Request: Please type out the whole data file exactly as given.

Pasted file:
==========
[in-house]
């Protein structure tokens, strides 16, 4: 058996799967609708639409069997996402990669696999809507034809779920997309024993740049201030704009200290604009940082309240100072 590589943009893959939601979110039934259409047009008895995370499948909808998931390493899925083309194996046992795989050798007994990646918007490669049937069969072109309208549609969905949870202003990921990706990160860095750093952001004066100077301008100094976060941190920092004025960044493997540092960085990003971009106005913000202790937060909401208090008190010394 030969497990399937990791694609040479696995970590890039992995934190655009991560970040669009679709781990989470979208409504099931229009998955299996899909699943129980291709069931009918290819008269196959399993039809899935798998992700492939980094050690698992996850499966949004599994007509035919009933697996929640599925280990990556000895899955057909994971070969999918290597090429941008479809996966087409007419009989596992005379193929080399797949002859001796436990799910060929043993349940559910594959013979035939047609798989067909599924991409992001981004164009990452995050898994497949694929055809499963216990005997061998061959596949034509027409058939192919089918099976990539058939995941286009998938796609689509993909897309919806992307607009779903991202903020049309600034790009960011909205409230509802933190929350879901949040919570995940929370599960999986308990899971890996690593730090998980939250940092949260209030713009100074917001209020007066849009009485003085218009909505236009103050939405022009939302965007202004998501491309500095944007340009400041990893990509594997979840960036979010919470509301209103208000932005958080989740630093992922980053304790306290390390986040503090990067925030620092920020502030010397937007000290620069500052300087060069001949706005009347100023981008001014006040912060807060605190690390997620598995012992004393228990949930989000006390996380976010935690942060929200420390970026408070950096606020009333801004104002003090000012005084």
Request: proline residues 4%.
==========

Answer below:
[in-house]
């Protein structure tokens, strides 16, 4: 058996799967609708639409069997996402990669696999809507034809779920997309024993740049201030704009200290604009940082309240100072 590589943009893959939601979110039934259409047009008895995370499948909808998931390493899925083309194996046992795989050798007994990646918007490669049937069969072109309208549609969905949870202003990921990706990160860095750093952001004066100077301008100094976060941190920092004025960044493997540092960085990003971009106005913000202790937060909401208090008190010394 030969497990399937990791694609040479696995970590890039992995934190655009991560970040669009679709781990989470979208409504099931229009998955299996899909699943129980291709069931009918290819008269196959399993039809899935798998992700492939980094050690698992996850499966949004599994007509035919009933697996929640599925280990990556000895899955057909994971070969999918290597090429941008479809996966087409007419009989596992005379193929080399797949002859001796436990799910060929043993349940559910594959013979035939047609798989067909599924991409992001981004164009990452995050898994497949694929055809499963216990005997061998061959596949034509027409058939192919089918099976990539058939995941286009998938796609689509993909897309919806992307607009779903991202903020049309600034790009960011909205409230509802933190929350879901949040919570995940929370599960999986308990899971890996690593730090998980939250940092949260209030713009100074917001209020007066849009009485003085218009909505236009103050939405022009939302965007202004998501491309500095944007340009400041990893990509594997979840960036979010919470509301209103208000932005958080989740630093992922980053304790306290390390986040503090990067925030620092920020502030010397937007000290620069500052300087060069001949706005009347100023981008001014006040912060807060605190690390997620598995012992004393228990949930989000006390996380976010935690942060929200420390970026408070950096606020009333801004104002003090000012005084």
Request: proline residues 4%.